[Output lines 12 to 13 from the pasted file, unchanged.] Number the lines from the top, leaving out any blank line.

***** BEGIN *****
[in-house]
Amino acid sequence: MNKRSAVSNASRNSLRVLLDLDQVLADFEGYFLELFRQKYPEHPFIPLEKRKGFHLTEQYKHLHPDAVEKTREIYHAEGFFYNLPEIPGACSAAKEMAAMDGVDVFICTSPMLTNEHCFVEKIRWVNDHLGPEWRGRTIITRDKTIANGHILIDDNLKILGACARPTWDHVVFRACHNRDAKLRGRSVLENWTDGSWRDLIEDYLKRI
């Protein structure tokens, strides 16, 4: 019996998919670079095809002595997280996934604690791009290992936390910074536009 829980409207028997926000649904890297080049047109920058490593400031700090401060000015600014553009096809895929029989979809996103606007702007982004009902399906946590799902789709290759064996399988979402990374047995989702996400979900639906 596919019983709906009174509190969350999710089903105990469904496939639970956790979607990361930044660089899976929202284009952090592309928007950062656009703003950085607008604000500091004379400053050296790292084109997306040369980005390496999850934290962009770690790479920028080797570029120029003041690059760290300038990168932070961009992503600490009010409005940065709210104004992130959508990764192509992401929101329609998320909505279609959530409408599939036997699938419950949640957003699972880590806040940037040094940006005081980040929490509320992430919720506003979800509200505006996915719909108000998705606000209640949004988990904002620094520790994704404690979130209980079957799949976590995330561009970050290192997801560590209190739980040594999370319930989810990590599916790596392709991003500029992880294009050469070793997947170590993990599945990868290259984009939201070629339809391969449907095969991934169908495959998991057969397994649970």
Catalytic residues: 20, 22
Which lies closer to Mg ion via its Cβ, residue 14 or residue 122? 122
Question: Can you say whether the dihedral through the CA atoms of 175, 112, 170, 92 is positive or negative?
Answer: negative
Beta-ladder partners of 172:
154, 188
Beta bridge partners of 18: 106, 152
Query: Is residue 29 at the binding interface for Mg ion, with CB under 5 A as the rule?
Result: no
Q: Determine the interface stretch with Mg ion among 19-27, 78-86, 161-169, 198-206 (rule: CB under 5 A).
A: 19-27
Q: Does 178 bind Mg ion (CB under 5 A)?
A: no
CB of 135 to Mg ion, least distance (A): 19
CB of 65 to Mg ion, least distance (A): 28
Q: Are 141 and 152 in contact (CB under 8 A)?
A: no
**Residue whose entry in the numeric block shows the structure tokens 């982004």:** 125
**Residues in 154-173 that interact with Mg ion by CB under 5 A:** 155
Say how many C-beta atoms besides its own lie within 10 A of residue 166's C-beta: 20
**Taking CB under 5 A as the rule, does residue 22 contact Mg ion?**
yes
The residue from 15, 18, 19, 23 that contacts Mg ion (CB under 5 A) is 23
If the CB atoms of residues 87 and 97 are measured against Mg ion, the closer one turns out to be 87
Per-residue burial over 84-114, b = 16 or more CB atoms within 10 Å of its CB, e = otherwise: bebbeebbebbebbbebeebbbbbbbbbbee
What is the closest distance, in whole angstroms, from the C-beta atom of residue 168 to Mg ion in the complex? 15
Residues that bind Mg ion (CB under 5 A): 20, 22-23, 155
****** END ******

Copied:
Result: no
Q: Determine the interface stretch with Mg ion among 19-27, 78-86, 161-169, 198-206 (rule: CB under 5 A).